Garcia vs. MIL 14-Apr 91.0 97.0 102.6 85.9 -4.6
Arrieta at CIN 21-Apr 86.8 81.9 90.6 89.3 12.2
MLB Avg Thru 21-Apr 89.2 89.9 93.6 86.6 10.4

Let’s start with Velasquez. Frequency-wise, he allowed the most line drives (four, with speed/angle data obtained) of the three, and along with Arrieta tied for the most fly balls, also with four. On the surface, this would appear to signal trouble, as the most damage is done on those BIP types. He allowed below-average authority on those batted balls, however, and (on average) allowed a very high launch angle of 20.8 degrees. Only extreme pop-up guys can live in this area code over a full season.

Of the four fly balls allowed by Velasquez, three sat squarely in the 75-94 mph “donut hole,” within which hitters have produce a .112 AVG and .204 SLG thus far in 2016. The only fly ball that didn’t fall into that range was hit barely harder than “donut hole” velocity, at a barely lower than pop-up-range launch angle. Nothing doing on those fly balls.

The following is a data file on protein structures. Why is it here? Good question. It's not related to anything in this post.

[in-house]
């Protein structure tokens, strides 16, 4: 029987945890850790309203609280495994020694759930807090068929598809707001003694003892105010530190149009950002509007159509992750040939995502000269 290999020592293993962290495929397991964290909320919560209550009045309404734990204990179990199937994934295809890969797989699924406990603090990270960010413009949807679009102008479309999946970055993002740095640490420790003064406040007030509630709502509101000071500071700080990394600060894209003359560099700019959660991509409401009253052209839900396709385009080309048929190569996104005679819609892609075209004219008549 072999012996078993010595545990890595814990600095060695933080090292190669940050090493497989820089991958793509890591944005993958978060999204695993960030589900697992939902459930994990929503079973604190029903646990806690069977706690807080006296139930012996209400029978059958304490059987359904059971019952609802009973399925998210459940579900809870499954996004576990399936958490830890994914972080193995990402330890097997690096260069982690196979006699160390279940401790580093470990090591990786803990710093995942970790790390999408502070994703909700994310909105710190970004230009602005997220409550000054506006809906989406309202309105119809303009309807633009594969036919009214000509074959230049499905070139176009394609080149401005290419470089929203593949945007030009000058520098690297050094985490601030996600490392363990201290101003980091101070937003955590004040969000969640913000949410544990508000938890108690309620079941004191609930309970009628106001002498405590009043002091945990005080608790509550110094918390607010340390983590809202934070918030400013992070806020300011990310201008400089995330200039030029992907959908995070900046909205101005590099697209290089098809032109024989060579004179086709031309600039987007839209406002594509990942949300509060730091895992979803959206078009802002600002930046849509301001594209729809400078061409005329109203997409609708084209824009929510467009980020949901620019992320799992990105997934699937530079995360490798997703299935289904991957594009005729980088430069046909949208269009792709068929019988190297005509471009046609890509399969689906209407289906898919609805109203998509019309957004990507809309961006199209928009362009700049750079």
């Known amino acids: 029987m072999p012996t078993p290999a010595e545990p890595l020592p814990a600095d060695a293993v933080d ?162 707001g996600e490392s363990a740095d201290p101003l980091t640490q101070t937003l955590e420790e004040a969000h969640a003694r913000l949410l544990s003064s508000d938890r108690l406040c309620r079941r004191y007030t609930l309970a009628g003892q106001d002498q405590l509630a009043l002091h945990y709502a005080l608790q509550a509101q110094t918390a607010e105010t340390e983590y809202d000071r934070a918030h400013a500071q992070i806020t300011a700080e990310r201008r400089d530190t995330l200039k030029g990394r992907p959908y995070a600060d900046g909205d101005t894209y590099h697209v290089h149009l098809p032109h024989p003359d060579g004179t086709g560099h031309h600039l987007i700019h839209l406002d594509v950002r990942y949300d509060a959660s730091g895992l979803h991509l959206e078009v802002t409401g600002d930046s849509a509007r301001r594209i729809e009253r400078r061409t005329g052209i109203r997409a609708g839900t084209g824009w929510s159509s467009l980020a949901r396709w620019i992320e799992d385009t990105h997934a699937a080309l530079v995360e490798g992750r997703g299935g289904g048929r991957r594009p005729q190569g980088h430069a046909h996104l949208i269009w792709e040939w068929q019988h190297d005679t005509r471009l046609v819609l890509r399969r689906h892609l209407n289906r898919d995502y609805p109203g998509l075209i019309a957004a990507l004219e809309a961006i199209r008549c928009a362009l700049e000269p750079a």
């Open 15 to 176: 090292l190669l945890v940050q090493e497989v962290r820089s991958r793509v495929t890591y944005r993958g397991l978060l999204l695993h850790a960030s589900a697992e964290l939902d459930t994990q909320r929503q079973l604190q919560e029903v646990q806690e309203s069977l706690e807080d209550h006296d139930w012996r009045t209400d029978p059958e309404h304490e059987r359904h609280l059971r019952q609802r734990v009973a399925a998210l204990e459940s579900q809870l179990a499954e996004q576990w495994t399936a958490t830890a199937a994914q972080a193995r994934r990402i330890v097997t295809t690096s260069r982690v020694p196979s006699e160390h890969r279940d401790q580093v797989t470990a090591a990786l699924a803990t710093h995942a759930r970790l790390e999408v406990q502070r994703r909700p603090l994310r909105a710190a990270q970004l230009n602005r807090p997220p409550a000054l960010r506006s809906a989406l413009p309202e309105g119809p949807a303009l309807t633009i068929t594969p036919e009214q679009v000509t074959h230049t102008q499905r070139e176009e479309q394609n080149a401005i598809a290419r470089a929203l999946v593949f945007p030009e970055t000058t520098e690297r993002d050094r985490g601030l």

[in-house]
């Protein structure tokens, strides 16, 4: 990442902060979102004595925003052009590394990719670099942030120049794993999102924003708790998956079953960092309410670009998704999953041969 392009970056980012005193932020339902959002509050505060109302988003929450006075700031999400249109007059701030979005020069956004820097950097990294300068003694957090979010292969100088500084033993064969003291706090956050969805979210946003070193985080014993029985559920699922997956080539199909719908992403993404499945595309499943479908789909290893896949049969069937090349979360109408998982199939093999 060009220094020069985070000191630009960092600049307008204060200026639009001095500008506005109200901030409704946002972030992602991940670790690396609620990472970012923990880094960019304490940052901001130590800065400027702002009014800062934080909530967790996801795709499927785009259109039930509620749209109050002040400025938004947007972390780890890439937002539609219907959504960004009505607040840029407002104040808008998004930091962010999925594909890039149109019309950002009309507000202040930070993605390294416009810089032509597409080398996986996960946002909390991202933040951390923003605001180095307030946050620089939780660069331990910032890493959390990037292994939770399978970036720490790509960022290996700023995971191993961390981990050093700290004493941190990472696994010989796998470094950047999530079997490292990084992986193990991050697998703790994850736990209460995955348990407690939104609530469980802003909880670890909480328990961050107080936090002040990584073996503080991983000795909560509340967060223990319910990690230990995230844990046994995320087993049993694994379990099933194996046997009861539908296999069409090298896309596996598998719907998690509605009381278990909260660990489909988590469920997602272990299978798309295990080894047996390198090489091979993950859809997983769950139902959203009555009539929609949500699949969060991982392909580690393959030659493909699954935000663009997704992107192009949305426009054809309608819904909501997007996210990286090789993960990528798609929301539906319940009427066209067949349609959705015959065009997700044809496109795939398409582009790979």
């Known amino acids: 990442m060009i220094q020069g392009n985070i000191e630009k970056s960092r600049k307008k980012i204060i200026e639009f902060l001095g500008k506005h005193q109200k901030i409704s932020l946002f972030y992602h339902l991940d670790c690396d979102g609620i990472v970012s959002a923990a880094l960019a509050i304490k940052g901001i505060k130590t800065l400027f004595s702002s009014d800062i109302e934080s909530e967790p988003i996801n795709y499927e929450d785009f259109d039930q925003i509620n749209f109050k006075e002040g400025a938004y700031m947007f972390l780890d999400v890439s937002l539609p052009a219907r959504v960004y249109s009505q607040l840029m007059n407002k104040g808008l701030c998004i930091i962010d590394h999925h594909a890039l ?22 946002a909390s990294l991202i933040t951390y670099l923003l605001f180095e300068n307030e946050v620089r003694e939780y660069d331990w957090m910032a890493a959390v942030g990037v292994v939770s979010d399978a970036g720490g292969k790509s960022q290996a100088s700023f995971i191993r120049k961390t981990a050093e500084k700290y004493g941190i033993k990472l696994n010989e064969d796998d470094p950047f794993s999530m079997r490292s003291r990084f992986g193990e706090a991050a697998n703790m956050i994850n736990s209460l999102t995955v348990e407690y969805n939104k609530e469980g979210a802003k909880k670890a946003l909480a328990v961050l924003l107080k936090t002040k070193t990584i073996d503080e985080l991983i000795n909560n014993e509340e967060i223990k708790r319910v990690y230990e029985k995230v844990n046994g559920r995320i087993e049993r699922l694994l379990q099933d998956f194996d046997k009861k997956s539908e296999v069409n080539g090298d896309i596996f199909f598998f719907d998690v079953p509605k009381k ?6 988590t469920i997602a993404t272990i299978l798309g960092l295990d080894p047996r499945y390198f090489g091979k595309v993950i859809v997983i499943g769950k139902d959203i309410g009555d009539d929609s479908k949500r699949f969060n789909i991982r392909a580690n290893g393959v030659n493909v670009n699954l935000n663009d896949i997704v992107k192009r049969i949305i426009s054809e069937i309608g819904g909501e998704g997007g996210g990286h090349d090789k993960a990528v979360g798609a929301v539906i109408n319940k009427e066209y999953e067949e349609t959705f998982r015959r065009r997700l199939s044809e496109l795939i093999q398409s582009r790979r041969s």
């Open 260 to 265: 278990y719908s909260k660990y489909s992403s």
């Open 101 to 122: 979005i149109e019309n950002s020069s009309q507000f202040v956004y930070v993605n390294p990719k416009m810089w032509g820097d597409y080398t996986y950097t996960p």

As for the liners, all three of the hits (all singles) he yielded, fell into that category. That makes total sense, as hitters have batted .660 AVG-.876 SLG on liners to date, and hit over .600 on them all the way down the 75-79 mph range. Of the three grounders for which readings were captured, one, off of the bat of Melvin Upton Jr. was hit at just over 100 mph. Batters are hitting .347 AVG-.371 SLG on grounders between 100-104 mph so far this season. No dice for Mr. Upton on this one.

All in all, Velazquez allowed the fewest batted balls of the three, walked no one, and didn’t really benefit or fall victim to any sort of luck along the way.